Otherlands Beer arrives on the Bellingham beer scene


Brewing beer flavors from other lands, meet Otherlands Beer

It is a brewery born out of a passion for beer, but also a love for travel and far-off places. Karolina Lobrow and Ben Howe have spent plenty of time in guesthouses and breweries in places like Denmark, France, and Germany. Their experiences visiting other lands helped drive the creation of Otherlands Beer, a brewery that opened earlier this summer in Bellingham, Washington. In addition to beer, Otherlands also serves up European-inspired food.


The brewery is located in Bellingham’s Sunnyland neighborhood, not far from Twin Sisters Brewing, Stemma Brewing, and Kulshan Brewing. It is an easy stroll from one to the next. (Wander Brewing is also within strolling distance but a bit farther to the west.) In addition to their indoor space, Otherlands Beer has a lovely little patio area with a handful of tables. I recently enjoyed some time at one of those tables on a lovely summer afternoon.

Bellingham's Sunnyland brewery stroll.
Bellingham’s Sunnyland brewery stroll.

Otherlands Beer differentiates itself from the other breweries in town by focusing on rustic, European-style beers, brewed using old-world techniques and traditions. Sure they offer American-style, hop-heavy IPAs and Pale Ales, as you’d expect, but where they really hope to make their mark is by creating the kind of beers they’ve tasted in faraway places like the Franconia region of Germany.

Photo by Kim Sharpe Jones.
Photo by Kim Sharpe Jones.

About the Beer at Otherlands Beer

Across town at Chuckanut Brewery, the focus is largely on European-style lagers, honed to sparkling and precise perfection. At Otherlands, Ben Howe also creates beers that rely on European tradition but his offerings are more rustic and folksy. They are the kind of beers he and Karolina have enjoyed while traveling across Europe but too rarely find at home: the kind of European lagers that don’t make it across the pond, in part, because of their unfiltered, unpasteurized nature.

Photo by Kim Sharpe Jones.
Photo by Kim Sharpe Jones.

Beyond lagers, the farmhouse beers at Otherlands are fermented with an evolving house yeast and given ample time and ample opportunity to continue fermenting in the keg or the bottle. Even the IPAs and Pale Ales might offer a little old-world surprise.



Otherlands creates the kind of European beers that are particular to a certain place. Here’s an example. While we were there, Otherlands tapped a very special beer poured from a German gravity keg (pictured below). Unfiltered, unpasteurized lager is allowed to condition in the gravity keg to develop more character and flavor. It is then poured directly from the keg, pushed into your glass by gravity and not CO2. The method is similar to what beer geeks typically think of as cask-conditioning an ale.


This particular beer, a pale lager, was Ben’s attempt to recreate a beer that he and Karolina discovered and adored during one of their adventures in Europe. They remembered the beer so fondly that Ben eventually managed to appropriate a pitch of the brewery’s yeast from halfway around the world. I did not mire my drinking experience with too many questions, and I’m not even sure what the beer is called, but I’d guess it was brewed with a very particular and unique Franconian lager yeast.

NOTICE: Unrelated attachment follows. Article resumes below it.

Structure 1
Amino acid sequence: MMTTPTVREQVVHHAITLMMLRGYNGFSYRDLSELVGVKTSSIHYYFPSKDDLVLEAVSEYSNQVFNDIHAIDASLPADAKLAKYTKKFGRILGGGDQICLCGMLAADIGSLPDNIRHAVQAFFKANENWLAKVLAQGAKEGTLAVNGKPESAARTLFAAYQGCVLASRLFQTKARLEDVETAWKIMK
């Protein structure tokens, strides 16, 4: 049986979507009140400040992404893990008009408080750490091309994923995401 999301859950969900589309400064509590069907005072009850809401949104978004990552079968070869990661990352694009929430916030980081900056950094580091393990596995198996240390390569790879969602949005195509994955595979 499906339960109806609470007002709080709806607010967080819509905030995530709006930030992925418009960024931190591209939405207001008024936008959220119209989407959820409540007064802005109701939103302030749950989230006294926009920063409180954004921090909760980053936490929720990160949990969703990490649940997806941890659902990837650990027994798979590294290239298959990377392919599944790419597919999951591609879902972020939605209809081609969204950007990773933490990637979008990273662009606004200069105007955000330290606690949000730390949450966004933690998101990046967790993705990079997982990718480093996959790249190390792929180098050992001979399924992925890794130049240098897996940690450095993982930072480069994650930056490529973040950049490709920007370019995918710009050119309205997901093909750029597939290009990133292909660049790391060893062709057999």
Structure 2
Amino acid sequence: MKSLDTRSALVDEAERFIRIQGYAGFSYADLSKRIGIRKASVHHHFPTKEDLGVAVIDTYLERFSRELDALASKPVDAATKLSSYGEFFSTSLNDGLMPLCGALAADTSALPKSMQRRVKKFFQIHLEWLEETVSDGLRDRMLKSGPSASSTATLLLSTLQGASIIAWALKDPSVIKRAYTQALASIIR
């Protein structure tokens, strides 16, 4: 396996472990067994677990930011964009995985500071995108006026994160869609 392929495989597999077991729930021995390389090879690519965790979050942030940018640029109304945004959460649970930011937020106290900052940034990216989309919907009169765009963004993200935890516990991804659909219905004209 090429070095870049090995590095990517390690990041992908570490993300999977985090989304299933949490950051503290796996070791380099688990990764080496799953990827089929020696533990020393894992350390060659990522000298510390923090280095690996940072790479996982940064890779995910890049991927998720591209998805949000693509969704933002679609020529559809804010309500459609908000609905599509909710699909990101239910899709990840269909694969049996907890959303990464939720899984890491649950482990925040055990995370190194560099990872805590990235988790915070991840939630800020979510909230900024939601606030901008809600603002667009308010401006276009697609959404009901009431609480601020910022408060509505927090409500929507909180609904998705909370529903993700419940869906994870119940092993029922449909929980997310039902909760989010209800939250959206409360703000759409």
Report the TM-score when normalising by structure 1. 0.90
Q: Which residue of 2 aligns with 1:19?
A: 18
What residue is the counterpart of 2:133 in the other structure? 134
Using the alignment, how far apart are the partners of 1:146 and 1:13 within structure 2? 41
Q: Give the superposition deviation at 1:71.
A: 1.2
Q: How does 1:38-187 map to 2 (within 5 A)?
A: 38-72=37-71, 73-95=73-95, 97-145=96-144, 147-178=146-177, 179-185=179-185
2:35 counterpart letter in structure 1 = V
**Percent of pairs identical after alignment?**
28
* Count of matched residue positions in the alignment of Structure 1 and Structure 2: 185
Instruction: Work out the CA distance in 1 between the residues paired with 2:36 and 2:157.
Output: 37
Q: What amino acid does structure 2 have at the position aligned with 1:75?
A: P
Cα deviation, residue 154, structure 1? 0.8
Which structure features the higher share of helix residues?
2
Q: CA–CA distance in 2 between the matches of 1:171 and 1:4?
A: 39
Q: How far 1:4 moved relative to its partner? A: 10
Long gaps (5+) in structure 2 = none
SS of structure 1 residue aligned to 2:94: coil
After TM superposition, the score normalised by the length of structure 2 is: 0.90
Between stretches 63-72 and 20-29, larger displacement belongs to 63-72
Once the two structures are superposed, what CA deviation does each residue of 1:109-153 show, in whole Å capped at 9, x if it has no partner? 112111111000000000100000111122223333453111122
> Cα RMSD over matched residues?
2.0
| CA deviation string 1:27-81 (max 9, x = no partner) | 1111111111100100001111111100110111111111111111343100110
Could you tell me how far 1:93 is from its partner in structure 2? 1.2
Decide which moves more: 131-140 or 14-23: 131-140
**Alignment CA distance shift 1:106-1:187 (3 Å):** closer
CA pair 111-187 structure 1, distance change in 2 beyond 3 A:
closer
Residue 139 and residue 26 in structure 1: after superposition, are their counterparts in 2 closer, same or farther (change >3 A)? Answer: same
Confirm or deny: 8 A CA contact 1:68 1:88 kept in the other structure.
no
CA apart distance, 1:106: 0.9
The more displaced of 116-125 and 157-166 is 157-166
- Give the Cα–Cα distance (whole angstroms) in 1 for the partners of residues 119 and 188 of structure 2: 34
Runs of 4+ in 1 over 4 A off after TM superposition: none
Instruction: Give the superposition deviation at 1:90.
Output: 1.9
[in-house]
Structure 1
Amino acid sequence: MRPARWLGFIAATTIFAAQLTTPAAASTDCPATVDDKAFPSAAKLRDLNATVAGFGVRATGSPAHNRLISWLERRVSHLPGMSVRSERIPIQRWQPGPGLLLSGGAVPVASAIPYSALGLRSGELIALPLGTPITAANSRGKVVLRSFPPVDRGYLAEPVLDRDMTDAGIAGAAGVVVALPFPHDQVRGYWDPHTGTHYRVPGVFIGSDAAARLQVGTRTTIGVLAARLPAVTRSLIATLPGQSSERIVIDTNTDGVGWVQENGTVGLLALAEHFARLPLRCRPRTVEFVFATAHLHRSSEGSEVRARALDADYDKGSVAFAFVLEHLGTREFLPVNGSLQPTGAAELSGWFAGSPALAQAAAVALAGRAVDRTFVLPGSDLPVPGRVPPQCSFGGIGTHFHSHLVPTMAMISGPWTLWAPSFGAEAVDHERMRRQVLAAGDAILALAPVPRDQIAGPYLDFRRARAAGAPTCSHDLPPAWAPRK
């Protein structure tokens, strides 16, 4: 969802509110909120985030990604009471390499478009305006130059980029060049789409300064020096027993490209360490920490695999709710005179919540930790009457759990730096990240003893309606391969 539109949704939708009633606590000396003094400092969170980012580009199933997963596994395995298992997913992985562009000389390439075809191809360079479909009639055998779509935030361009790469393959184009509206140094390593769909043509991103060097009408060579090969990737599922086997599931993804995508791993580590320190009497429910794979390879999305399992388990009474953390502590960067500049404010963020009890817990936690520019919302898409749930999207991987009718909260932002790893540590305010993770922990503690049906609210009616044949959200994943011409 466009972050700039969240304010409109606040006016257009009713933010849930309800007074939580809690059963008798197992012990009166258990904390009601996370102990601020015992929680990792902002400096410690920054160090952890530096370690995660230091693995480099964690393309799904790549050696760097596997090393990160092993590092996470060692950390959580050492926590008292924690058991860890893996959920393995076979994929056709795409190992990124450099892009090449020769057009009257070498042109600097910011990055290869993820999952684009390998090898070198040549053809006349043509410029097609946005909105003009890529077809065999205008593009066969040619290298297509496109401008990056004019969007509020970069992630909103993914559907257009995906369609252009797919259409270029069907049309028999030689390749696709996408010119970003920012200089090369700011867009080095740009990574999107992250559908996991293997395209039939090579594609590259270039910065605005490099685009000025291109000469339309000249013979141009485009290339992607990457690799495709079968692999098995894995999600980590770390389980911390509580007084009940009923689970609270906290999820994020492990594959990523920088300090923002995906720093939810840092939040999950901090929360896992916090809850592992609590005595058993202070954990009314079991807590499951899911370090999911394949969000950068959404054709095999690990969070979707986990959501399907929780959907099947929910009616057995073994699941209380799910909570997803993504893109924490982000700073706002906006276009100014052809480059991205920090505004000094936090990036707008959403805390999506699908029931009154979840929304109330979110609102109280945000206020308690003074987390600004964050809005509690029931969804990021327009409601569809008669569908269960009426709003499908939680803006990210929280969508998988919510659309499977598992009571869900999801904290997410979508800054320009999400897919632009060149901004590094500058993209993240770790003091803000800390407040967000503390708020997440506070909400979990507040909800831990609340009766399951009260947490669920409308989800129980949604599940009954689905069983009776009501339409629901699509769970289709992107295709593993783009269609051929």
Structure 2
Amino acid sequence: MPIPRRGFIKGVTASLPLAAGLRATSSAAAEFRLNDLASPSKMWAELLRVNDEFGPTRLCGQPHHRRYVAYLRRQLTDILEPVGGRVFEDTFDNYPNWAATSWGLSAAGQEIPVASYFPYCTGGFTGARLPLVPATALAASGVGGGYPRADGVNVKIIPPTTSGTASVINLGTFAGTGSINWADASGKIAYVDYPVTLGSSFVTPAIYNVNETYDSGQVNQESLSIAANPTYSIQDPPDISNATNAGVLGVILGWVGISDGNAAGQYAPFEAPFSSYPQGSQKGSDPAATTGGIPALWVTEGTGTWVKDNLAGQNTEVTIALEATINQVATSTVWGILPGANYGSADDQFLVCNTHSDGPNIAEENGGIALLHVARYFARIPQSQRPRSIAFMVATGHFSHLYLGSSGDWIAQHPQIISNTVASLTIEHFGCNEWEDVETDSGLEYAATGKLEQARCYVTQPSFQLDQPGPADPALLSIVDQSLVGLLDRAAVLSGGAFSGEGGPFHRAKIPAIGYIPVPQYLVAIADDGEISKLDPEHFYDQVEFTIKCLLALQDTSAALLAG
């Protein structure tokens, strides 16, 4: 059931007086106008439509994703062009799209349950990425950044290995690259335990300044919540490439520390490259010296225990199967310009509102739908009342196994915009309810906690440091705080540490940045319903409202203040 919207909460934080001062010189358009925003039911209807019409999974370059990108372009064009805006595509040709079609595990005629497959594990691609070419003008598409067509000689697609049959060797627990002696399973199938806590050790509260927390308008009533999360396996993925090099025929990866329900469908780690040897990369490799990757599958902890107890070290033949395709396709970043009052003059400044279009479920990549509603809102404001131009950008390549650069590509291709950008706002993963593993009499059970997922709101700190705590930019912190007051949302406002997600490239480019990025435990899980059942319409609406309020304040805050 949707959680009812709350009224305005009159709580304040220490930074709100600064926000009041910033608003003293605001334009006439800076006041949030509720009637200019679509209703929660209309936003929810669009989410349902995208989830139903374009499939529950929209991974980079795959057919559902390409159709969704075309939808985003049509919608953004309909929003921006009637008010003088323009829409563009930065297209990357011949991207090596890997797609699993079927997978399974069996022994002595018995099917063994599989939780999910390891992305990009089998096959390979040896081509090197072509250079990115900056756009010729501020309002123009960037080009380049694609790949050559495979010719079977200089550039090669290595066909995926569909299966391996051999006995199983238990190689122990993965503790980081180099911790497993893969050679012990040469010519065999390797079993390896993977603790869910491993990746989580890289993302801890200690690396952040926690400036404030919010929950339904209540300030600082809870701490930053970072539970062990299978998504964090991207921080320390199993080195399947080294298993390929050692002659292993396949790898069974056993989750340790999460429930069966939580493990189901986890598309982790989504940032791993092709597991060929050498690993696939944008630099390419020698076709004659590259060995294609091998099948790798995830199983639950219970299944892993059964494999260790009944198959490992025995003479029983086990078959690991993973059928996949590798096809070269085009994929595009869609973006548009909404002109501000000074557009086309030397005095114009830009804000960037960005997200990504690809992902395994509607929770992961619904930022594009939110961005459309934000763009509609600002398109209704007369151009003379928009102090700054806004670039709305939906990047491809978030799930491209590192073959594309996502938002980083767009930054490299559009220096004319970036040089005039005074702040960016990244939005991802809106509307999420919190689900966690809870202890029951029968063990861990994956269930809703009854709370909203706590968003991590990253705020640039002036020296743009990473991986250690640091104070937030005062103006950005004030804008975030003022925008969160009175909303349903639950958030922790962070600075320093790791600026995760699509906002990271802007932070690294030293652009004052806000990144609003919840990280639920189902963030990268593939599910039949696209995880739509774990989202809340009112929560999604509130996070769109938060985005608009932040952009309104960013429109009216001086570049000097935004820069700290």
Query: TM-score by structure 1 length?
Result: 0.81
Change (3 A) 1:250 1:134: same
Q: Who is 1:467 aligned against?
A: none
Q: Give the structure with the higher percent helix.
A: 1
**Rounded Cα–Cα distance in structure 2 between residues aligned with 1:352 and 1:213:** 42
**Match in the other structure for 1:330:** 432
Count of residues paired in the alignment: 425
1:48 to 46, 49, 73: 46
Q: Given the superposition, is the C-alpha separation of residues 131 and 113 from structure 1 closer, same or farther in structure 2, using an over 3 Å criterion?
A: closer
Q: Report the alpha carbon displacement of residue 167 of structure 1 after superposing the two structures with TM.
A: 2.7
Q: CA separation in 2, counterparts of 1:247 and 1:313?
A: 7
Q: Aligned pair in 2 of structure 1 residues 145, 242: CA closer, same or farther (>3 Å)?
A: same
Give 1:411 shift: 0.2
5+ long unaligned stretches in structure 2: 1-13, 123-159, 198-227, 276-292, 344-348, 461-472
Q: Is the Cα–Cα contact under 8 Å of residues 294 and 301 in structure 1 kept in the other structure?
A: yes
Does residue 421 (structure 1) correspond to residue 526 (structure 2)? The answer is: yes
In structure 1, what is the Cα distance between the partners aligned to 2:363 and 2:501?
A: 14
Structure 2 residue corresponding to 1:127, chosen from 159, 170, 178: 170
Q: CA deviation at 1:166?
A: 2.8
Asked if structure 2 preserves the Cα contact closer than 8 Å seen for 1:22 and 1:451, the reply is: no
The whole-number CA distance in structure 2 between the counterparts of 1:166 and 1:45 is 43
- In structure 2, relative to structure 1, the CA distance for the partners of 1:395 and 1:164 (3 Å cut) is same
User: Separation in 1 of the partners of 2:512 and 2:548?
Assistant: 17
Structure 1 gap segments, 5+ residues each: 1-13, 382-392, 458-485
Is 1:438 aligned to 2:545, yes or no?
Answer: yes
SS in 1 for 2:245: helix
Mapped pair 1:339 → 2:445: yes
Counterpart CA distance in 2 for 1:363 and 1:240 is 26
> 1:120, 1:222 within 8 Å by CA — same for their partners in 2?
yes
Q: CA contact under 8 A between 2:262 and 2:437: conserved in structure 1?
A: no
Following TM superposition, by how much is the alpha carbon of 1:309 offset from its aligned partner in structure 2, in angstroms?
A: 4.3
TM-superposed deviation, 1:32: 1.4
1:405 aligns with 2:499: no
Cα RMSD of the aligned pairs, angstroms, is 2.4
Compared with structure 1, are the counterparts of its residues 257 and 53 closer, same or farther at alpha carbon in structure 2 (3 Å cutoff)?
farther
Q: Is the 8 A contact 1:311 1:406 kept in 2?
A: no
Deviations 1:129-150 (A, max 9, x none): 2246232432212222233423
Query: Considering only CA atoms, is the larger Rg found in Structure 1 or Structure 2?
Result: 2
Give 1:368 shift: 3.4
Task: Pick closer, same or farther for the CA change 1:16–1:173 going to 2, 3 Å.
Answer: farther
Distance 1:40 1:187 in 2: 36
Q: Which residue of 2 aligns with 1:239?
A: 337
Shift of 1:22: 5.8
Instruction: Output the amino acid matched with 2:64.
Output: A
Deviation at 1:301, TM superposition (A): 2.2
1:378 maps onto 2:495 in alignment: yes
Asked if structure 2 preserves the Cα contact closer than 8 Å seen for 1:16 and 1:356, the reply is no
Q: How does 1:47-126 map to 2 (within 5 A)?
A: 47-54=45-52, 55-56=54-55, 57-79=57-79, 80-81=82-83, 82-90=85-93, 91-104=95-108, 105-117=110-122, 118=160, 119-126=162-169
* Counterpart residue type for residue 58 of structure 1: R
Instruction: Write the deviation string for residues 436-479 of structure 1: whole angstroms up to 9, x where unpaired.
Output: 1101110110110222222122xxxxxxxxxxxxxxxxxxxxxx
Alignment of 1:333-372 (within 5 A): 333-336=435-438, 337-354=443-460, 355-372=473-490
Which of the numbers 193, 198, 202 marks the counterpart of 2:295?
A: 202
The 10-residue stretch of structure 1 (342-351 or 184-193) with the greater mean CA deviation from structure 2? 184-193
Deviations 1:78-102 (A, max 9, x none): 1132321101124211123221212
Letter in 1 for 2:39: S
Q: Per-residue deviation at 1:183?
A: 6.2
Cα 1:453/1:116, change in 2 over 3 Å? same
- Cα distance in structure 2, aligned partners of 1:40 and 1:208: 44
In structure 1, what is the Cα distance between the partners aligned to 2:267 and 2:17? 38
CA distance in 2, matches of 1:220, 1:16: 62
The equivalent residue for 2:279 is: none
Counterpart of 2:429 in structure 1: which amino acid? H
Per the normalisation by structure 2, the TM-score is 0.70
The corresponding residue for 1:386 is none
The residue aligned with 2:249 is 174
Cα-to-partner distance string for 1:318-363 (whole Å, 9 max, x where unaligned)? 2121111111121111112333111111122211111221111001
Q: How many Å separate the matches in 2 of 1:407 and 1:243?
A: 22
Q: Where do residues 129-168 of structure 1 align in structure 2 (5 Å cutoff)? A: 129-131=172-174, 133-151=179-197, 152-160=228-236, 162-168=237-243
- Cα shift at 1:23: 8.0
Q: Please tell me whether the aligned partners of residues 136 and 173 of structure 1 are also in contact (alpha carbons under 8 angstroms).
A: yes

Here’s what I know about the brewing process. Decoction mash, horizontal lagering tanks, then conditioned in a German gravity keg. The taste? Yeast-forward, but not funky, the flavors, spread out like butter atop a slightly sweet slice of rustic multi-grain bread. Smooth and approachable, but also a bit complex. Rustic and sophisticated. Folksy? Yeah, folksy. I could imagine myself in a faraway land quaffing a few liters in a biergarten or a bierkeller. That’s when the brewery’s name began to make more sense.

That Polish Pilsner mentioned in the Instagram post shown above is pretty fabulous. I wish I’d been there for some of the cookies and the gravity keg of that one! Me, I had to settle for pierogies and pale lager that I assume was Franconia in its basic nature. I did get to enjoy a glass of the regular draft version of the Polish Pilsner. I’m a fan.

I really liked this beer. A lot.
I really liked this beer. A lot.

About the People at Otherlands Beer

Karolina and Ben met while working as servers at Cambridge Brewing in Massachusetts. Thereafter, they relocated to Portland, Oregon where Ben worked at Wayfinder Brewing. Somewhere along the way, they hatched the idea to create a brewery of their own. Eventually, they decided to open Otherlands Beer in Bellingham, a place where Karolina had lived years before.

Milling some grain out front on a brew day. Ben, Karolina and her father.
Milling some grain out front on a brew day. Ben, Karolina, and her father.

When I visited, Karolina’s father was working at the brewery, putting the finishing touches on some plastic partitions out on the patio. They were still putting some final touches on the place. We couldn’t help noticing Karolina talking to her father in a foreign tongue. Her whole family emigrated to the U.S. from Poland when she was about five years old. For some years, they bopped back and forth between the two counties.

About the Food at Otherlands Beer

And speaking of European influence, you’ll find plenty of it on the food menu. The latkes were fabulously golden, crisp, and savory. Perhaps the star of the menu, the pierogies were stuffed with pillowy potato and cheese, with beer-brazed onions, all served in a creme-fraiche sauce. Along with my European comfort food, I enjoyed a fabulously fresh salad: the Summer Heat Corn Salad, with sweet corn, arugula, pistachios, cherry tomatoes, jalapenos, and spiced feta.


Otherlands Beer
2121 Humboldt St
Bellingham, WA 98225

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